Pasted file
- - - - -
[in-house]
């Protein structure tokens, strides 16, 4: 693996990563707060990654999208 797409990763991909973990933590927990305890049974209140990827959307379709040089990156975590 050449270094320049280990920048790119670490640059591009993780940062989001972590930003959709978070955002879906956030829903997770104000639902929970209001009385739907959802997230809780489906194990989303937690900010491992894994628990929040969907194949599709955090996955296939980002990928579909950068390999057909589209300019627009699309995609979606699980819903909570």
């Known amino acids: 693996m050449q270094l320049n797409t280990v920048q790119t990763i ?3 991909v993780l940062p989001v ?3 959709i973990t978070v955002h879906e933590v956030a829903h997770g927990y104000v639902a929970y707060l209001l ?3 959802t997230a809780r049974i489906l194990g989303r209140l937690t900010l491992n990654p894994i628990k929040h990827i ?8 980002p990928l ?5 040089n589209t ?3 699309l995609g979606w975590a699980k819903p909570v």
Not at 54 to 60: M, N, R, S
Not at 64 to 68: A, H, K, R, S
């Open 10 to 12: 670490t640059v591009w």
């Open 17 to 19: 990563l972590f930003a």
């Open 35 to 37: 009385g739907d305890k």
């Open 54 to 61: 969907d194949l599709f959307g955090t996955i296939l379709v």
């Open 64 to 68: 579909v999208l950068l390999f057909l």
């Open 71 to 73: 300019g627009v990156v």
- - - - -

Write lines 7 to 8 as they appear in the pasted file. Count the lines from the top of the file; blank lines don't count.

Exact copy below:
């Open 17 to 19: 990563l972590f930003a």
């Open 35 to 37: 009385g739907d305890k």